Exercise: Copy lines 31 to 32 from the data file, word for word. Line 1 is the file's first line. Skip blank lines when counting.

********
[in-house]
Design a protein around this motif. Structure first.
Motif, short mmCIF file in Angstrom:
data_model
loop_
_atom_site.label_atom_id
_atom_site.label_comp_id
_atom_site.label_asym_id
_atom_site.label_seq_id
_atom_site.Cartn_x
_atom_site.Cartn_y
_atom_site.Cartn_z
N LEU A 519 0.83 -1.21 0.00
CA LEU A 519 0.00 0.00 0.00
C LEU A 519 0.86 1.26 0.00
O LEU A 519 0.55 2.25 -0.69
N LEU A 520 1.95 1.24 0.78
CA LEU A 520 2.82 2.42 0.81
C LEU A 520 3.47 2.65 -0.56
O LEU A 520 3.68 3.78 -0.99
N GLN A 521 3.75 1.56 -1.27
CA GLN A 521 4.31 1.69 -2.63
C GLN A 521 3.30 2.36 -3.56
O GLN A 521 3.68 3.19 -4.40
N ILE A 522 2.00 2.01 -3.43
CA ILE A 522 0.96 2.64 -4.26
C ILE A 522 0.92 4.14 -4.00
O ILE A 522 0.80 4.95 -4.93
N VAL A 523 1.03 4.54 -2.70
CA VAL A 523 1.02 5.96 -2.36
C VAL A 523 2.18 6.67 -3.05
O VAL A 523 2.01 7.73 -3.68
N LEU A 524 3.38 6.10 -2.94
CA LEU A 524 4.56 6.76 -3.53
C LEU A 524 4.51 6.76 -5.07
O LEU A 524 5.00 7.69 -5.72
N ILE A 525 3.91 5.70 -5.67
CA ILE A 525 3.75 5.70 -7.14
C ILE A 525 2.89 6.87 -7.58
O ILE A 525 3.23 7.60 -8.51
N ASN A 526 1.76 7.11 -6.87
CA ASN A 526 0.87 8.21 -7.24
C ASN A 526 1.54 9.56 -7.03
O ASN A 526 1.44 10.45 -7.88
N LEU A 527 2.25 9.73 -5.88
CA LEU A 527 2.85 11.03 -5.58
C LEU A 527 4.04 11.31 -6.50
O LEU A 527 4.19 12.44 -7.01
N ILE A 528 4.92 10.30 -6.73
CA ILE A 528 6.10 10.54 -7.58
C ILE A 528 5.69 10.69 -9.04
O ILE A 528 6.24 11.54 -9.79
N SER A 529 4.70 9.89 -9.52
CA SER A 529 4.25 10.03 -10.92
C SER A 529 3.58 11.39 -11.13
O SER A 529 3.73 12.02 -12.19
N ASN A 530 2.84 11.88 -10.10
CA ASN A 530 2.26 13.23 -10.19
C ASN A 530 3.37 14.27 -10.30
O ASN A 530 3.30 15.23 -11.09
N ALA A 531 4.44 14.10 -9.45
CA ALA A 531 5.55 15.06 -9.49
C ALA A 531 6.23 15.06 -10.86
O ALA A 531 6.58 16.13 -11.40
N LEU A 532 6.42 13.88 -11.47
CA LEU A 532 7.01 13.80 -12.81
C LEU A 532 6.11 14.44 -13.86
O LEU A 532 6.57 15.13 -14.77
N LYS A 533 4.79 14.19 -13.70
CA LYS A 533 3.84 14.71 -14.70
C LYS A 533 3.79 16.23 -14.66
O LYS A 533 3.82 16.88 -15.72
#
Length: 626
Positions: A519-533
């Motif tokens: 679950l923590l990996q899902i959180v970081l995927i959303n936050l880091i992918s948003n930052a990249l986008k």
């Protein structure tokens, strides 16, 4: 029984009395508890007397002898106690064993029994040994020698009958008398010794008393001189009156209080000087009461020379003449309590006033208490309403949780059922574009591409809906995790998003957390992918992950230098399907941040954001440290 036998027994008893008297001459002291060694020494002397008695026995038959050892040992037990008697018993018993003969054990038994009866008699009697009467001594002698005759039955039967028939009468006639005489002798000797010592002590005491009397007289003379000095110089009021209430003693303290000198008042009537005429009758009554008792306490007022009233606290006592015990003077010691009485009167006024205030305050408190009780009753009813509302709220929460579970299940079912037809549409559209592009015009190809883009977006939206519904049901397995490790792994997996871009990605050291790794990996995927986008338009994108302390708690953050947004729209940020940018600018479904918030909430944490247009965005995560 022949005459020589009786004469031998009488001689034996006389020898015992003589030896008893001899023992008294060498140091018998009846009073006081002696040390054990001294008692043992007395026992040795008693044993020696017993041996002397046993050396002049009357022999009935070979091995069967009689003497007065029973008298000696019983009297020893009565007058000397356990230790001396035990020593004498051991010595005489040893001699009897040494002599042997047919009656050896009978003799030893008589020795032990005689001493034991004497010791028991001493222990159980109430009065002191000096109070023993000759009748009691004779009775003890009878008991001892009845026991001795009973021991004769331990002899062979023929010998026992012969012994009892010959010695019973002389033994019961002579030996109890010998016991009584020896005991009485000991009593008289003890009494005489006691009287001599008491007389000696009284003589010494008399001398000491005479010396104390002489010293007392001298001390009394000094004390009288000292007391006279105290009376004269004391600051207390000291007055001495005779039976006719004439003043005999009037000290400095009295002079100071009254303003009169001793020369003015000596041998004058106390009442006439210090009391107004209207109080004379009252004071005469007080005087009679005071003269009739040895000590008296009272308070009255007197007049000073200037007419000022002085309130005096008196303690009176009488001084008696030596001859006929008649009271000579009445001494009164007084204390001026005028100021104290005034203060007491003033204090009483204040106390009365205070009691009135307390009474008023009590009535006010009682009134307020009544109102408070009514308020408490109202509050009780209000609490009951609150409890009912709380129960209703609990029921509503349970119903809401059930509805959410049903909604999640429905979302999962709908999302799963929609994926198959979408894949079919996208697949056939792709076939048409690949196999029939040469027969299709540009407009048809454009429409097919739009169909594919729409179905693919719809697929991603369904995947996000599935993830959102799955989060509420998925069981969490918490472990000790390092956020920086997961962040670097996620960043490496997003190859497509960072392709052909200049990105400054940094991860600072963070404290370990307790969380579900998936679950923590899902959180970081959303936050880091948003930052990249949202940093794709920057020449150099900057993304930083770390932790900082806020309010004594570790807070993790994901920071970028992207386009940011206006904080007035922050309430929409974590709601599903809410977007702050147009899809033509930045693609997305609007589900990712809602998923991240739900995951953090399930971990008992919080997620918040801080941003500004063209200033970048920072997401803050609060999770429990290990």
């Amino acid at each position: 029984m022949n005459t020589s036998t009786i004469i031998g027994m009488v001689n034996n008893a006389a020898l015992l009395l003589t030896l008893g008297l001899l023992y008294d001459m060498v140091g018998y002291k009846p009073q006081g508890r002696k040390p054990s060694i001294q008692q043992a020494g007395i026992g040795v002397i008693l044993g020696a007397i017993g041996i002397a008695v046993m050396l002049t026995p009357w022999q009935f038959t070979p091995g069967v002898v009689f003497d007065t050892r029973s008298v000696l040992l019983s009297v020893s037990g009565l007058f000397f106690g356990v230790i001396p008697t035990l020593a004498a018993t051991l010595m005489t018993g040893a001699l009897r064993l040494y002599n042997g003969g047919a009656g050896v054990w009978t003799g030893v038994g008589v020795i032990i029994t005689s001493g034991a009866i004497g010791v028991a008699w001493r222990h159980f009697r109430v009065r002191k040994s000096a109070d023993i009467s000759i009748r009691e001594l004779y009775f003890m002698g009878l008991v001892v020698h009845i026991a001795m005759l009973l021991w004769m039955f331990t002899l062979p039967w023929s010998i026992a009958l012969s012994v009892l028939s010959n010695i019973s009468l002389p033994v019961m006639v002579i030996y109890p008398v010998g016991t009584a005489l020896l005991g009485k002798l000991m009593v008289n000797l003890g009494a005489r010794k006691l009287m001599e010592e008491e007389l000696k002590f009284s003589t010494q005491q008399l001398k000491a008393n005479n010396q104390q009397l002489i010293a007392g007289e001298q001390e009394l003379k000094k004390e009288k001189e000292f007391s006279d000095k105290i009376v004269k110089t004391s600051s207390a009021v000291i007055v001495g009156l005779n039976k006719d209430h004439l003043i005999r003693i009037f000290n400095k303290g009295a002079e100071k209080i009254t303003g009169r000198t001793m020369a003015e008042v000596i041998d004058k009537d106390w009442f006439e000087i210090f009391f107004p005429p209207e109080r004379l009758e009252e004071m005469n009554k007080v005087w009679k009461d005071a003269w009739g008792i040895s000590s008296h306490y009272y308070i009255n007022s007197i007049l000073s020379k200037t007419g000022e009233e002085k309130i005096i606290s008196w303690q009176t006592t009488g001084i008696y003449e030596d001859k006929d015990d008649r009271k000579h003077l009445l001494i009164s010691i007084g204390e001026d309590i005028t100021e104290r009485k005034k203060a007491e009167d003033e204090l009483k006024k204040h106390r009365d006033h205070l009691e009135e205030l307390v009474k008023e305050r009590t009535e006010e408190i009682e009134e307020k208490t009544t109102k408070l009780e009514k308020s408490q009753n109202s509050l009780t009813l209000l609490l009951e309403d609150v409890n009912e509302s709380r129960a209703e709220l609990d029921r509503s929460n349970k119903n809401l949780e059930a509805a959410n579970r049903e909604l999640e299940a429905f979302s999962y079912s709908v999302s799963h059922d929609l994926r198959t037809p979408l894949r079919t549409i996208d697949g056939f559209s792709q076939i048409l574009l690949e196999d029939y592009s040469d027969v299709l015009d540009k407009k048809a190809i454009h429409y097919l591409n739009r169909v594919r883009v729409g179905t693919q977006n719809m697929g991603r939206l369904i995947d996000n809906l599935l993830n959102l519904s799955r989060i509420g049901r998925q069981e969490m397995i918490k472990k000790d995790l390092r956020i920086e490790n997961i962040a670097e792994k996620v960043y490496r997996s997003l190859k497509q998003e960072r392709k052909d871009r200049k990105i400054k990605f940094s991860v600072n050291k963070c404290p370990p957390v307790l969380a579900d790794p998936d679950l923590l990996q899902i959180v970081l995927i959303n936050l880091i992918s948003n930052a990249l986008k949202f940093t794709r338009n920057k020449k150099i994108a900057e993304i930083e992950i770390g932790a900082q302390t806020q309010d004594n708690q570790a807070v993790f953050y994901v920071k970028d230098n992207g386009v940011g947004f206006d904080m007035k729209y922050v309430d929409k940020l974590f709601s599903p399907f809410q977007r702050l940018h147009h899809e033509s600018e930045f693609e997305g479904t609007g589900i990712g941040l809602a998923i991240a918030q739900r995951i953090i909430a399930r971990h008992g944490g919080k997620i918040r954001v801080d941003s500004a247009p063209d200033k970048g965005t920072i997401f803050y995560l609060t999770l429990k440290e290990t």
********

C VAL A 523 2.18 6.67 -3.05
O VAL A 523 2.01 7.73 -3.68